Pointer Comparisons

One major difference between pointers and other variables is that pointers are always considered to be unsigned. This should be obvious since memory addresses are not signed. This property of pointers (actually all addresses) ensures that only unsigned operations will be performed on them. It further means that the other operand in a binary operation will also be regarded as unsigned (whether or not it actually is). In the following example, pt1 and pt2[5] return the current values of the addresses. For instance, if the array pt2[] contains addresses, then it would make sense to write


short *pt1;      /* define 16-bit integer pointer */
short *pt2[10];  /* define ten 16-bit integer pointers */
short done(void){  /* returns true if pt1 is higher than pt2[5] */
    if(pt1>pt2[5]) return(1);

Listing 7-2: Example showing a pointer comparisons


which performs an unsigned comparison since pt1 and pt2 are pointers. Thus, if pt2[5] contains 0xF000 and pt1 contains 0x1000, the expression will yield true, since 0xF000 is a higher unsigned value than 0x1000.

It makes no sense to compare a pointer to anything but another address or zero. C guarantees that valid addresses can never be zero, so that particular value is useful in representing the absence of an address in a pointer.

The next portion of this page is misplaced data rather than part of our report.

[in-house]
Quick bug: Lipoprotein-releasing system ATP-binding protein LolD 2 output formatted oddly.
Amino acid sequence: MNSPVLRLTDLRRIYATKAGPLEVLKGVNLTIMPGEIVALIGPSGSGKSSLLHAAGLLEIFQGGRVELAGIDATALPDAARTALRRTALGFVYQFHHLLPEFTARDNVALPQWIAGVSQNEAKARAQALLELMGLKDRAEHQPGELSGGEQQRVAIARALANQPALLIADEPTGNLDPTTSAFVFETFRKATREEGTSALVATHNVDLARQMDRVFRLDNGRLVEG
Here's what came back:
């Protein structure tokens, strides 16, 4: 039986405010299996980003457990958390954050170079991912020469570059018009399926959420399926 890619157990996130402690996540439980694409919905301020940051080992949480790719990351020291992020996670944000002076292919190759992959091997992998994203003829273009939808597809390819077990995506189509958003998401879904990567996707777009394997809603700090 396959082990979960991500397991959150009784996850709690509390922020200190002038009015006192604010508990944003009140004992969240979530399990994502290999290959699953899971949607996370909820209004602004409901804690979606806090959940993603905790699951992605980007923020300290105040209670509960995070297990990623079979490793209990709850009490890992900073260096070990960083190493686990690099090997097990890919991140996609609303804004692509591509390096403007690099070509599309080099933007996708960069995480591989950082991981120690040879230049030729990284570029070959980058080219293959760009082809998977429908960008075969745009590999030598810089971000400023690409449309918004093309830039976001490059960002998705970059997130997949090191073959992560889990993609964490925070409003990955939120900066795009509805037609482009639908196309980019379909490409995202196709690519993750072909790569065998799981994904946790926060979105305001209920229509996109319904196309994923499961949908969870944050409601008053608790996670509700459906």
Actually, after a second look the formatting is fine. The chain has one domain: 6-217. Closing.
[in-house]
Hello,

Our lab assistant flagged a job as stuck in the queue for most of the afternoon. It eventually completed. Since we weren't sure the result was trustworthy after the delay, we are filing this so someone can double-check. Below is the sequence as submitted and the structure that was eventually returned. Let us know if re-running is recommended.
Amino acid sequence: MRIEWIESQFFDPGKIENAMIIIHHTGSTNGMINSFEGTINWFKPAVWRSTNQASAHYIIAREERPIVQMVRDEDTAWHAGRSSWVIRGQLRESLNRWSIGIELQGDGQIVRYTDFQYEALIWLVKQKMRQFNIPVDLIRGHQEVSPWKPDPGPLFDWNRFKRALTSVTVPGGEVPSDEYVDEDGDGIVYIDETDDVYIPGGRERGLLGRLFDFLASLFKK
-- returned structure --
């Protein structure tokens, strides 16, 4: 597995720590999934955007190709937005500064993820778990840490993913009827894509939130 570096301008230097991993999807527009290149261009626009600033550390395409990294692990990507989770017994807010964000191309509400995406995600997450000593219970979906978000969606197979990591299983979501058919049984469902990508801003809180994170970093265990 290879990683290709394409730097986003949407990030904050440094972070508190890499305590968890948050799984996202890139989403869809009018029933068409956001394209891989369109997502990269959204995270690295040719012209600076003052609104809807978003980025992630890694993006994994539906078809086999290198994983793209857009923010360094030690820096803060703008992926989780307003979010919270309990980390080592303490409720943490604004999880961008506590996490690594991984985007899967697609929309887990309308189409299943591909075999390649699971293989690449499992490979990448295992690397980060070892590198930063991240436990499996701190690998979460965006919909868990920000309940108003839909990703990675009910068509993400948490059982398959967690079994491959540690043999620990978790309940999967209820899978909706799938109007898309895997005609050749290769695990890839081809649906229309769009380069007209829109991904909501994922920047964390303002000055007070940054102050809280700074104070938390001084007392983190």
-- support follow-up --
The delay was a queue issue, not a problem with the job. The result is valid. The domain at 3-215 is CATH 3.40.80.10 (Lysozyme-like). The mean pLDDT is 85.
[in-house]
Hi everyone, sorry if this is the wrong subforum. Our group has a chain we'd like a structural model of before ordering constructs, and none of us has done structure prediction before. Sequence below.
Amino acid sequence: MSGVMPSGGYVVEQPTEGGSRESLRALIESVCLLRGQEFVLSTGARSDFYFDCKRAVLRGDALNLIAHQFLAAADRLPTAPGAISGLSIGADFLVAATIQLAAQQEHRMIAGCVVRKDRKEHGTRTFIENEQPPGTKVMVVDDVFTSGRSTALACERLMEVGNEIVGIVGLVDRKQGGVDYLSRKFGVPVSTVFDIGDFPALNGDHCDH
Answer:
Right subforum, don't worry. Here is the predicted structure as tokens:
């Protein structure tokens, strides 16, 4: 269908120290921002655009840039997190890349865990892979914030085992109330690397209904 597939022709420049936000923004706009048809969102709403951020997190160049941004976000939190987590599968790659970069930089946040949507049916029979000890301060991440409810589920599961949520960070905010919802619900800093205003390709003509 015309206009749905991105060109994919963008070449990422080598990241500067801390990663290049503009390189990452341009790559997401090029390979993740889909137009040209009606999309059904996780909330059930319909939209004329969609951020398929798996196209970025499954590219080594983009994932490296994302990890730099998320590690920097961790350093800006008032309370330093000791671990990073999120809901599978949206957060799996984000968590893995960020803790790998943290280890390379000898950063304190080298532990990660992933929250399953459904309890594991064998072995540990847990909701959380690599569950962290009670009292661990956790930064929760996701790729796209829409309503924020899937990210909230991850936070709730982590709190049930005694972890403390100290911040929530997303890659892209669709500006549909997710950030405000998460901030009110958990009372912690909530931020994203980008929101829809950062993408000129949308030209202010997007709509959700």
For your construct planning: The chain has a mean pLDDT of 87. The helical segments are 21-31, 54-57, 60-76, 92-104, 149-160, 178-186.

Furthermore, to avoid portability problems, only addresses within a single array should be compared for relative value (e.g., which pointer is larger). To do otherwise would necessarily involve assumptions about how the compiler organizes memory. Comparisons for equality, however, need not observe this restriction, since they make no assumption about the relative positions of objects. For example if pt1 points into one data array and pt2 points into a different array, then comparing pt1 to pt2 would be meaningless. Which pointer is larger would depend on where in memory the two arrays were assigned.

A FIFO Queue Example

To illustrate the use of pointers we will design a two-pointer FIFO. The first in first out circular queue (FIFO) is also useful for data flow problems. It is a very common data structure used for I/O interfacing. The order preserving data structure temporarily saves data created by the source (producer) before it is processed by the sink (consumer). The class of FIFO’s studied in this section will be statically allocated global structures. Because they are global variables, it means they will exist permanently and can be shared by more than one program. The advantage of using a FIFO structure for a data flow problem is that we can decouple the source and sink processes. Without the FIFO we would have to produce 1 piece of data, then process it, produce another piece of data, then process it. With the FIFO, the source process can continue to produce data without having to wait for the sink to finish processing the previous data. This decoupling can significantly improve system performance.

GETPT points to the data that will be removed by the next call to GET, and PUTPT points to the empty space where the data will stored by the next call to PUT. If the FIFO is full when PUT is called then the subroutine should return a full error (e.g., V=1.) Similarly, if the FIFO is empty when GET is called, then the subroutine should return an empty error (e.g., V=1.) The PUTPT and GETPT must be wrapped back up to the top when they reach the bottom.